It’s a Sweet Revenge for Facebook (Versus Google)

The battle going on between Google and Facebook over open data portability continues.

Just when everyone thought that Facebook has already lost a key piece to its social graph when Google tweaked its service (an obvious attempt to minimize Facebook) leading Google’s Contacts API to demand reciprocity before anyone could import friends’ list into another service, Facebook’s geniuses have come up with a workaround.

In a statement released by Google following their announcement of the new procedure, it said:

“We have a data liberation engineering team dedicated to building import and export tools for users. We are not alone. Many other sites allow users to import and export their information, including contacts, quickly and easily. But sites that do not, such as Facebook, leave users in a data dead end. [W]e will no longer allow websites to automate the import of users’ Google Contacts (via our API) unless they allow similar export to other sites.”

In a week’s time Facebook has crafted a resolution to answer Google’s actions. Before, when you first sign up to Facebook, it presented the option of importing all your email contacts from Yahoo! Mail, Hotmail and other email providers. Now, Facebook requires users to initially upload their contacts onto their own computer and then send these on to Facebook. No sweat. Not burdensome, a modest trick has gotten Facebook their sweet revenge against Google’s block.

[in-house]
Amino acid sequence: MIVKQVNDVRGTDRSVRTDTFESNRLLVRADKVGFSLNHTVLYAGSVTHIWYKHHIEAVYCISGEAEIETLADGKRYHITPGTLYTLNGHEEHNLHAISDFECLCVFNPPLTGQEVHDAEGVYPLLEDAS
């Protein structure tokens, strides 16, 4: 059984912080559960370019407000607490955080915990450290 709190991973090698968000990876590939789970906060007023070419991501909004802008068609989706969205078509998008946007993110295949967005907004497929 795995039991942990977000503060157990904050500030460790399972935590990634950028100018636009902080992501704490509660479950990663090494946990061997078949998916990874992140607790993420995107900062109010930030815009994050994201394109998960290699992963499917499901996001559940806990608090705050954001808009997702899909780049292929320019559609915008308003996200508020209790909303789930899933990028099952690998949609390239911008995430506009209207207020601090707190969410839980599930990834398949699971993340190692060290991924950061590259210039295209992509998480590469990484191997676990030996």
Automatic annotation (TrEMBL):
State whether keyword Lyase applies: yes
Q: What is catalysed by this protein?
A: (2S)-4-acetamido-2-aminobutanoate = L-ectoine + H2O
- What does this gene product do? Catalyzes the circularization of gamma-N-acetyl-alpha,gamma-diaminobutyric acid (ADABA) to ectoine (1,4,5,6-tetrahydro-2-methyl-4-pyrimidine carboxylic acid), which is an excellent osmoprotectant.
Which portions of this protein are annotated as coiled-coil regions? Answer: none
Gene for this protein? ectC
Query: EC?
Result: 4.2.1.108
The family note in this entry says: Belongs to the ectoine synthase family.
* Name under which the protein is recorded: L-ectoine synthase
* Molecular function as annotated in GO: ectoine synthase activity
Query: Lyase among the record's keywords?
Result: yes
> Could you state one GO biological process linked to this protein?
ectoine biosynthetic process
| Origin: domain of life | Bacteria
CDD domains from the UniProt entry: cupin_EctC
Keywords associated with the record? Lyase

On the other end, Google has expressed its disappointment on how Facebook resolved this issue unfairly. No further details were released along with that statement from the search giant.

With these developments on the rivalry of the two opposing billion-dollar companies, will peaceful co-existence ever be possible?  It’s a question that pokes at the core of personal cloud access, rights and legal implications.  Social networks and web-based services will bring about some intense discussions on how the personal cloud will be utilized in the future.

Both Google and Facebook have had a stream of privacy issues brought to light, with Google apologetic of its Street View data-gathering methods, and Facebook scrambling to fix a data-leakage problem.